Volatility Spillovers between Stock Market Returns and
    Exchange Rate Changes: the New Zealand Case
                   ...
adopting a GARCH framework, find a highly                   evidence suggests only delayed, but not
significantly negative...
flows. Therefore, the ‘asset approach’ to exchange          exchange rate variability. In this study, the stock
rate deter...
model developed in Nelson (1991). The                                                               (   Z tR = ε tR   htR ...
4.     EMPIRICAL RESULTS                                     We         notice       that      the      asymmetry
        ...
α 1, 2 appear to be negative in value. The spillover         Table 3 Volatility spillover between stock
coefficients α 1, ...
market effects in the NZ stock market by                   Carruth, A., Dickerson, A., and Henley, A. (2000).
incorporatin...
Countries, Review of       Economics and
Statistics, 85, 212-217.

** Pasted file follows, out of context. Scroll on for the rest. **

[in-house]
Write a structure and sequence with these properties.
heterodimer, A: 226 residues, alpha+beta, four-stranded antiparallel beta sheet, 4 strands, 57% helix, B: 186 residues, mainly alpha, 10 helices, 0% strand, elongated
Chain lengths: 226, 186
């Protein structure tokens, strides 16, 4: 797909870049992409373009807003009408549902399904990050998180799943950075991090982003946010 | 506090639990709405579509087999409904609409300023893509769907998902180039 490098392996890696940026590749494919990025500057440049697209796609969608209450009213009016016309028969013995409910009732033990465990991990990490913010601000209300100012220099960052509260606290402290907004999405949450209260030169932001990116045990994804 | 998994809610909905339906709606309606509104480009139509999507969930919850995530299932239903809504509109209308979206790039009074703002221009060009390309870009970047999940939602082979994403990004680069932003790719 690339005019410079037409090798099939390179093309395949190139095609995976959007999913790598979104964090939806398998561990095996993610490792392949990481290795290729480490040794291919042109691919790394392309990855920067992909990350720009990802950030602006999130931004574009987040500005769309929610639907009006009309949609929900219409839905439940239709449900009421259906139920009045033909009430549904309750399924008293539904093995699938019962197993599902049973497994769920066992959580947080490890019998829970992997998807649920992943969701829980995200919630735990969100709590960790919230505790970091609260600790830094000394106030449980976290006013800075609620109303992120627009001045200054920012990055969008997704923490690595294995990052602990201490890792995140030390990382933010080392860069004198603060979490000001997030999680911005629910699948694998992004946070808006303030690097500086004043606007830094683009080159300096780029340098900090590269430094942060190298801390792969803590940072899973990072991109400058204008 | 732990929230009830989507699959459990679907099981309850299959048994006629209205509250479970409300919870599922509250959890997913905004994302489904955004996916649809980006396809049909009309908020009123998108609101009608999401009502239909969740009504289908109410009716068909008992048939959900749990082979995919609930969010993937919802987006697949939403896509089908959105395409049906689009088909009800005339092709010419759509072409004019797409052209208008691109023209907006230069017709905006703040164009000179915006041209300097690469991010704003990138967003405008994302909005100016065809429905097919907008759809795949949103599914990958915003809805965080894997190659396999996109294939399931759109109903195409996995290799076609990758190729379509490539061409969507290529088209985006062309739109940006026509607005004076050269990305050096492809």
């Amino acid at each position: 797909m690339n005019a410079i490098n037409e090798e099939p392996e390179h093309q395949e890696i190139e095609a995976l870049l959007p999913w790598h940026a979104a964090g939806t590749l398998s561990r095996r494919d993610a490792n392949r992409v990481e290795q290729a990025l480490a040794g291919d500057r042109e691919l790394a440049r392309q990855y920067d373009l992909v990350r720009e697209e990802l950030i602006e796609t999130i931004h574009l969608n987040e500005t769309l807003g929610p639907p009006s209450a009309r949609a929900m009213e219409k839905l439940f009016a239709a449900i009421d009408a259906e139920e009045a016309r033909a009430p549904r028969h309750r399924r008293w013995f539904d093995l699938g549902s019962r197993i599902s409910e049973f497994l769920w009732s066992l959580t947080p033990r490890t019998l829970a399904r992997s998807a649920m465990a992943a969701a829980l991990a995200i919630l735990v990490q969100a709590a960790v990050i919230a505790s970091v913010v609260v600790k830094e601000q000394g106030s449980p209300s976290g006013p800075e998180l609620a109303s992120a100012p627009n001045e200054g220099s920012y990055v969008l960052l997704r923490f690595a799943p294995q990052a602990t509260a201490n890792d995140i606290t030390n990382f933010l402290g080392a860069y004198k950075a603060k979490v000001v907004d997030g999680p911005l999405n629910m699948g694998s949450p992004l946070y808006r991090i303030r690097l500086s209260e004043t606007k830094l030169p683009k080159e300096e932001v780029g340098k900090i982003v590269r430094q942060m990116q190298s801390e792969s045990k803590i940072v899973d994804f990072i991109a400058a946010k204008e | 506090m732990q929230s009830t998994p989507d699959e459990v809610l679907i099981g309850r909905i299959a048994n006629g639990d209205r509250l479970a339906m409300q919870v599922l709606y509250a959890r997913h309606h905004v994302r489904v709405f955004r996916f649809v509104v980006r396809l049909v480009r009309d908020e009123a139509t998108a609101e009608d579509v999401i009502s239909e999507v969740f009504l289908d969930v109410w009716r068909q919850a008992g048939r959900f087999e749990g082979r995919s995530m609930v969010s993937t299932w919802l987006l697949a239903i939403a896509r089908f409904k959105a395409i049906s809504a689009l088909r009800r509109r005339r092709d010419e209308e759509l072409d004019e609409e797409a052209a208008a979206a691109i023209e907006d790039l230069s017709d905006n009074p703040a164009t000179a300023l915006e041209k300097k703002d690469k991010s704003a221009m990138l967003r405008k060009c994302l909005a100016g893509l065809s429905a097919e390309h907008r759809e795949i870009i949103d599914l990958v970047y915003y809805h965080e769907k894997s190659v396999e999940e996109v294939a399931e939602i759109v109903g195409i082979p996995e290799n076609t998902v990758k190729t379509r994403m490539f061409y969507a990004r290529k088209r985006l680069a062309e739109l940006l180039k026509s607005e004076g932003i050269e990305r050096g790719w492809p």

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  1. 1. Volatility Spillovers between Stock Market Returns and Exchange Rate Changes: the New Zealand Case Choi, D.F.S. 1, V. Fang 2 and T.Y. Fu 1 1 Department of Finance, Waikato Management School, University of Waikato, Hamilton, New Zealand Email: dfschoi@waikato.ac.nz 2 Department of Accounting and Finance, Faculty of Business and Economics, Monash University, Australia Keywords: Volatility Spillover, Stock Returns, Exchange rate, Exponential GARCH EXTENDED ABSTRACT points out that the NZ currency is mainly affected by the international factors as more than 50% of Kanas (2000) first examines volatility spillovers the decomposition of NZ dollar volatility in the between stock market returns and exchange rate foreign currency market are due to overseas changes on six developed countries: the US, impacts. Moreover, the NZ stock market is small, Canada, Japan, the UK, France, and Germany. He illiquid, limited to diversification, and exposed to finds that, for all countries, spillovers from exchange rate volatility. Chen et al. (2004) find exchange rate changes to stock market returns are that, in the New Zealand stock market, there is a insignificant. On the other hand, spillovers from lagged stock market reaction to exchange rate stock market returns to exchange rate changes are fluctuations. Their result indicates that the significant for all countries except Germany. New volatility of the stock market returns might not rise Zealand (NZ) is a small market which is when the exchange rate uncertainty is higher. characterized by down-markets and is impacted by Unfortunately, Chen et al. have not further international movements. In this paper, it is found reported the volatility spillover of exchange rate that, for NZ data, when the exchange rate volatility changes to the stock market returns. This paper is higher, the stock market volatility is lower applies the same EGARCH model to volatility before the 1997 stock market crash. However, this spillovers. It is found that there is significant volatility spillover becomes significantly positive volatility spillovers from exchanges rate changes after the crash. On the other hand, we find to stock market returns; volatility spillovers from significant volatility spillovers from stock market stock market returns to exchange rate changes is returns to NZ dollar movements in the foreign marginally significant and changes from negative exchange market only before the1997 crash but not before the 1987 stock crash to positive after the after, i.e., volatility spillovers between exchange crash. rate changes and stock market returns change over time. The rest of the paper is organized as follows: Section 2 provides a literature review, Section 3 1. INTRODUCTION details the data and the EGARCH methodology, Section 4 discusses the empirical results, and International equity investments are increasing Section 5 concludes. rapidly since mid-1980. Kanas (2000) studies volatility spillovers between exchange rate 2. LITERATURE REVIEW changes and stock market returns on six industrialized countries, not including New Exchange rate changes are critical to a stock Zealand and Australia. His empirical evidence market which is either import or export-oriented or shows that, in general, stock return volatility spills both. This is particularly critical to the NZ market. over to exchange rate changes while the reverse is Empirical results show that the exchange rate not significant. The US and Australia are the top uncertainty has a significantly negative effect on two trading partners of NZ. Brailsford (1996) first investment. Applying a rolling standard deviations investigates volatility spillovers between the NZ method, Goldberg (1993) finds evidence from the and Australian stock markets. He finds that, after US industry-level investment that exchange rate controlling for the effects of the US volatility, the uncertainty has significantly negative long-run Australian market volatility spills over to the New effects on investment. Darby et al. (1999), using a Zealand market but not the reverse. Brailsford has single-equation estimation in their study, find a not yet studied the volatility spillover between similar negative exchange rate effect on aggregate exchange rate changes and stock market returns investment based on the data from five OECD within either NZ or Australia. Dungey (1999) countries. Carruth et al. (2000) and Serven (2003), 2160